In our recent April/May newsletter edition, California Health Advocates described the beginning of a new controversial limited open enrollment period for Medicare Advantage plans. Now, as of July 31, 2007, that Limited Open Enrollment Period (L-OEP) has ended as a result of federal legislation. This ending is good news for Medicare beneficiaries as this L-OEP tended to favor enrollment in only one kind of Medicare Advantage (MA) plan – private fee-for-service (PFFS) plans – and created a potentially dangerous situation for beneficiaries seeking enrollment in other types of MA plans.
The L-OEP had allowed individuals in the original, fee-for-service Medicare program one extra opportunity during the year in 2007 and 2008 to enroll in a Medicare Advantage-only plan (meaning an MA plan without Part D coverage). Yet according to the Centers for Medicare and Medicaid Services’ (CMS) interpretation of this new enrollment period, Medicare enrollees with a stand-alone prescription drug plan (PDP) could lose their Part D coverage altogether if they enrolled in an MA-only health maintenance organization (HMO), preferred provider organization (PPO) or Regional PPO. Conversely, someone in original Medicare with a PDP would not lose their Part D coverage if they enrolled in a PFFS plan without drug coverage. This interpretation meant that beneficiaries who enrolled in a MA only plan (other than a PFFS plan) would have been automatically disenrolled from their PDP, been without drug coverage for the remainder of the year, and been charged penalties when re-enrolling in a Part D plan in the following year. Advocates strongly voiced their concerns about these potential dangers to CMS and Congress (see California Health Advocates’ February 2007 letter to CMS).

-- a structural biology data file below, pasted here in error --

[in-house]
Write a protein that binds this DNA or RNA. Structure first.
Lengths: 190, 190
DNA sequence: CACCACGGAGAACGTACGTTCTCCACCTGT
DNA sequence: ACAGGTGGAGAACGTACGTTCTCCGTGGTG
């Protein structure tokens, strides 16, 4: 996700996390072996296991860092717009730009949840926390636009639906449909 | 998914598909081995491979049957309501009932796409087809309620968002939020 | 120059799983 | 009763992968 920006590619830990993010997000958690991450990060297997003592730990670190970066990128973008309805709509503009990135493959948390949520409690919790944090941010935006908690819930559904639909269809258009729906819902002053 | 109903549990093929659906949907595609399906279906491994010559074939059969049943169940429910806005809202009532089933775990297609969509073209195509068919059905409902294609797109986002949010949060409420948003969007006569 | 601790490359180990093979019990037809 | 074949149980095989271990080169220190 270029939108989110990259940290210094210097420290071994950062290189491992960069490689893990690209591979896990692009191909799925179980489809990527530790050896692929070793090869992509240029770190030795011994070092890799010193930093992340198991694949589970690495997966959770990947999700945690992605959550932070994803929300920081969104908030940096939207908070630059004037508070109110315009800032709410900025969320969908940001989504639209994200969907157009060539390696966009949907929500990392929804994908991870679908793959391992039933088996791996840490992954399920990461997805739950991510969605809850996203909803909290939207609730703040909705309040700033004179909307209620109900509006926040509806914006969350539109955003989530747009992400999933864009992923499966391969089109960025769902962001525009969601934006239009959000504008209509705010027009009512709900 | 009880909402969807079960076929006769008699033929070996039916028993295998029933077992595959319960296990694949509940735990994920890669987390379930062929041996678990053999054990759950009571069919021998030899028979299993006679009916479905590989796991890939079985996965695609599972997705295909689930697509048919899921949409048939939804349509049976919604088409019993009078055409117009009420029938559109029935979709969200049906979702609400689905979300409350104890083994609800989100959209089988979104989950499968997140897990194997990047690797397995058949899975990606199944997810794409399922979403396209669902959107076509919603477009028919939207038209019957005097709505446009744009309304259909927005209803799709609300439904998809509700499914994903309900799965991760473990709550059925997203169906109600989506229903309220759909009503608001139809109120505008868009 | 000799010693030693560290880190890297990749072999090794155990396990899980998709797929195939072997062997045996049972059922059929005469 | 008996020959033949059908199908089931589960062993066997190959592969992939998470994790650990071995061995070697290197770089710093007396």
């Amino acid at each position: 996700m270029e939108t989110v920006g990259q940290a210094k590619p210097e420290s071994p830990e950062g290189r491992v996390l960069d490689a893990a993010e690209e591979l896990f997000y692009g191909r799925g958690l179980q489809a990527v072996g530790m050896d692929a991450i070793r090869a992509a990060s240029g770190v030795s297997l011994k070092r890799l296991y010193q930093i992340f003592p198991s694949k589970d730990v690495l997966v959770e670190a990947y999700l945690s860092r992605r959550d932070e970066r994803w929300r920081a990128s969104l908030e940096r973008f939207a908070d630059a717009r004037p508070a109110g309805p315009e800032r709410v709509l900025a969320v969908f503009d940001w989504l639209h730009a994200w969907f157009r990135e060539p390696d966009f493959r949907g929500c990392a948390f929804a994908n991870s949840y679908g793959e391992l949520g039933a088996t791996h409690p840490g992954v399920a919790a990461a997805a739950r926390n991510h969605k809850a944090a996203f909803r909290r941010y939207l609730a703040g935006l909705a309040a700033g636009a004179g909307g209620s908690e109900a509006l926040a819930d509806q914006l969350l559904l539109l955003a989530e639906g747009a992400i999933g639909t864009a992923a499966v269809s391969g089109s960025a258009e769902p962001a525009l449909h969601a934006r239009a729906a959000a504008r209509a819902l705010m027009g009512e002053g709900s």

Senate Bill S1701, introduced on June 27, 2007 by Senators Max Baucus of Montana and Chuck Grassley of Iowa, contained a provision that sunsetted the L-OEP as of July 31, 2007. The bill was signed into law on July 18, 2007 (Public Law No: 110-048).